From ‘Cole: A Response to Week Four’s Response

Good reading Sky! I thoroughly enjoyed hearing your take on it. “Keys” = Kilos is something that blew my mind when I first heard it, so it’s definitely something I wanted to share if I could.
I’m really really glad you enjoyed “Keys.” ^^ It has a soft spot for me because it’s one of the first tracks I ever examined in a classroom setting. When discussing it with my prof at the time, he spoke more about the production of the track–the idea that the crescendo reminded him of the upward/downward movement of the stock markets, and how the track mimics the capitalist leanings that Pusha discusses in the rap– it’s all about the lifestyle as the driving force for making money.

But Mr. Me Too is about capitalism too! I think that’s why I put them together this week (although it might just be because I love the production–simple, in the best way).

The rhymes point to the movement from simple street violence and survival to magnificence and opulence–it’s no longer about the street, but about making the street life into the lavish life. “Pyrex stirs/ turn into Cavalli furs” is one where I had to just sit back and say–whoa. It’s no longer about getting by. It’s about rising up.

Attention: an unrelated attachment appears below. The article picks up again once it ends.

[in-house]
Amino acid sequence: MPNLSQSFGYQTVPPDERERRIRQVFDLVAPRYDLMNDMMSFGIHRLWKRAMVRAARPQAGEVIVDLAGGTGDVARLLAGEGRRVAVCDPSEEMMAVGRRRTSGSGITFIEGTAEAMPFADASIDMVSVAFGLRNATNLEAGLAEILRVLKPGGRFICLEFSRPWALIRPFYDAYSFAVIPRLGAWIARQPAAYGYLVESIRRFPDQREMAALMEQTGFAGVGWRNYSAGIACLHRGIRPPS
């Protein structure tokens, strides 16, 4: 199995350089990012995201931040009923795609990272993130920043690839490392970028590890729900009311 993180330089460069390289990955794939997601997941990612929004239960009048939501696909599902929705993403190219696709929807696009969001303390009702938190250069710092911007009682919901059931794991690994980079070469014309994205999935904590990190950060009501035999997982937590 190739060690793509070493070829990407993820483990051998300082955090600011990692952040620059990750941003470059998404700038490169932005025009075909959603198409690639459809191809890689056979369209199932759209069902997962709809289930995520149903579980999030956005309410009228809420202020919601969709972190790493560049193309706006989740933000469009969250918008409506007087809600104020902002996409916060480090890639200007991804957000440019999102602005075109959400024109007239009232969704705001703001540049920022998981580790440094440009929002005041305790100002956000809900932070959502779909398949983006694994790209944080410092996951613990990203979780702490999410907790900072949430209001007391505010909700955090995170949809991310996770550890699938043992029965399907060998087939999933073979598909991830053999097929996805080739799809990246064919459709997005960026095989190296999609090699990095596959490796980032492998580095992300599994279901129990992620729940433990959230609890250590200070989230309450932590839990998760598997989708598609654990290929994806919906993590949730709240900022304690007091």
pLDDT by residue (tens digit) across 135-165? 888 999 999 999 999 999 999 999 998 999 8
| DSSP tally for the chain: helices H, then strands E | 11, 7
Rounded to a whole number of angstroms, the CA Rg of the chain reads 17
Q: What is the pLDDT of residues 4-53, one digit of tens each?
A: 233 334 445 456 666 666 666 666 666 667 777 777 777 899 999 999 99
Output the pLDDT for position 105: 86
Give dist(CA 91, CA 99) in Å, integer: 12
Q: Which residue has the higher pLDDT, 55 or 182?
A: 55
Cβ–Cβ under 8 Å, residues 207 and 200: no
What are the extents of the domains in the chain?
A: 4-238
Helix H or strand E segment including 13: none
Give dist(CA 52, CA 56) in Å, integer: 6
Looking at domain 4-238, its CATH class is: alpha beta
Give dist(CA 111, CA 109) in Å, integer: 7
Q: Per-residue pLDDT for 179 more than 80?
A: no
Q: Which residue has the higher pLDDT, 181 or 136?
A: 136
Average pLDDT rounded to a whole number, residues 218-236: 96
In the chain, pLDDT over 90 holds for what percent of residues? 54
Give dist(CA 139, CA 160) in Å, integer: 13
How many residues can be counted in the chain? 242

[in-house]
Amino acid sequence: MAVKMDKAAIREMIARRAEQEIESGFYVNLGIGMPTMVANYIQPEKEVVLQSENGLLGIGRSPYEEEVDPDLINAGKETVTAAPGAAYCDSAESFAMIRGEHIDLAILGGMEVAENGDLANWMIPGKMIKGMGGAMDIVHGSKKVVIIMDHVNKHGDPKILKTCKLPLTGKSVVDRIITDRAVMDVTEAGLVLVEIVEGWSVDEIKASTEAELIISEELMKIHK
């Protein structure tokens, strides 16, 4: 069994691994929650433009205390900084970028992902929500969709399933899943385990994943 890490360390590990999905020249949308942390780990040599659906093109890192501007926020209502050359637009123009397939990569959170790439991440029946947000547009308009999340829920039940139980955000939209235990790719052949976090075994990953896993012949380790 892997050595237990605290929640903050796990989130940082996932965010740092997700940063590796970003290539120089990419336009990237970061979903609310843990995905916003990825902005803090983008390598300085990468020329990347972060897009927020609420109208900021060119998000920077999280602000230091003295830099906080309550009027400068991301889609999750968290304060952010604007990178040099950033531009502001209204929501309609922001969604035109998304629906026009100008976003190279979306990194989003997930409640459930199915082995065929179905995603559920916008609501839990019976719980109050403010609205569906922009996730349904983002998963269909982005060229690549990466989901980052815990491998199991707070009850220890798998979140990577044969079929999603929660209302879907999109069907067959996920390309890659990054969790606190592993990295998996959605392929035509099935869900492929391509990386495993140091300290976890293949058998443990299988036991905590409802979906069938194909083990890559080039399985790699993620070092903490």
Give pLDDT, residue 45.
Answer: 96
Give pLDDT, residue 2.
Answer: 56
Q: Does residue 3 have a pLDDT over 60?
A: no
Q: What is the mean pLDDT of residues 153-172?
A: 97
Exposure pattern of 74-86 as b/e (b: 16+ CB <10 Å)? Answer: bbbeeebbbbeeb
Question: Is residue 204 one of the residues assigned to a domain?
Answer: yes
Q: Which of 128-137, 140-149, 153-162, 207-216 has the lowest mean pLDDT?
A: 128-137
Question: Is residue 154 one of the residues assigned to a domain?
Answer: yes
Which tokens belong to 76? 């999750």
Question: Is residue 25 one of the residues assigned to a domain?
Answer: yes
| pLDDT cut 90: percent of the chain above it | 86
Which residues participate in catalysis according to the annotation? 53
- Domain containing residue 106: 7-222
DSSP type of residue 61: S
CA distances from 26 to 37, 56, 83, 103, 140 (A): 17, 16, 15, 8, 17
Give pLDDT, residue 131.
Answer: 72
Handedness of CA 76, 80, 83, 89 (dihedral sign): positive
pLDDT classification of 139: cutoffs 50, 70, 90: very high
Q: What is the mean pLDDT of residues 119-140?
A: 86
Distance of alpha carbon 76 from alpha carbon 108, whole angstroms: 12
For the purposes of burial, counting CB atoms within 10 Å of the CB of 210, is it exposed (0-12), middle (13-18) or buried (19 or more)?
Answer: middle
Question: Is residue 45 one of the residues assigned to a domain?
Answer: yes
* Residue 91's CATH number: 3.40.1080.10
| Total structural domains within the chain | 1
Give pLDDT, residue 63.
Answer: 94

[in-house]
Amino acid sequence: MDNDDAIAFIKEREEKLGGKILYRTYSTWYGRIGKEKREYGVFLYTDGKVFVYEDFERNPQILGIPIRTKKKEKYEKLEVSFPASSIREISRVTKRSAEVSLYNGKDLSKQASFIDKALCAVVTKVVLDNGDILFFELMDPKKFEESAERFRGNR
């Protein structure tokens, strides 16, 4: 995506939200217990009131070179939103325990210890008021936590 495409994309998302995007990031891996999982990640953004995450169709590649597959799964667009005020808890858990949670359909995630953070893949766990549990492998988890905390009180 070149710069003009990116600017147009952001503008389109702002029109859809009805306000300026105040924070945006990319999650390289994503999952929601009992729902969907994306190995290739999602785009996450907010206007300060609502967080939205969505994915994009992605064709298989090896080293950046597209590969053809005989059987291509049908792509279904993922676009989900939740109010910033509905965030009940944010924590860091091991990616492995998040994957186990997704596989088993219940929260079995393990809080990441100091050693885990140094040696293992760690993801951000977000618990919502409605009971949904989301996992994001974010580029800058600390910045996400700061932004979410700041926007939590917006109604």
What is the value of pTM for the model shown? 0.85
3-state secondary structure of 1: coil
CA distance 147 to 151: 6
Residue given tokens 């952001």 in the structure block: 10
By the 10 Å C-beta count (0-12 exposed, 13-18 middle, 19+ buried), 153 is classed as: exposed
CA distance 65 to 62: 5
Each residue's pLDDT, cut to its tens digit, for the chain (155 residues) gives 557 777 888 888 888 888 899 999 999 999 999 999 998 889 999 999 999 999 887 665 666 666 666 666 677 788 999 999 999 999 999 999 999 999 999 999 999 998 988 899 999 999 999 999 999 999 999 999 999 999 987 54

I love how the tracks point to different things than what Biggie wrote about– it’s evolved from “super nintendo/ sega genesis” to name-dropping Cavalli (and we see this continue with Hova–TOM FORD, Yeezy–Louis Vuitton Don, etc.) If we were going to speak of this in a linguistic-centric discussion, I’d have to bring up the idea of representation and how it works in language. But for right now, I just want to look at how Mr. Me Too is really into the idea of “keeping up with the joneses” in a way that previous rappers were uninterested. I mean, Biggie would never have been like “Yo I got that PS4, you still on that PS3 shit.” All the comparisons he made were about his past/present. This one’s about one-upping each other in a way that takes you off the streets and into consumerism.

And that’s what is interesting about this time period in specific– the idea that it’s no longer about having a car, it’s about having that car. Not about having champagne for breakfast, but Cristal. The brands carry significance and meaning that point to their place in consumerist society– it’s not about survival, but prestige. And those are the kinds of doors that Clipse is interested in opening. Kind’ve more refined than it was previously.

I know that Clipse isn’t the first to do this sort of thing, but it’s definitely one of my favorite albums to examine in this light.


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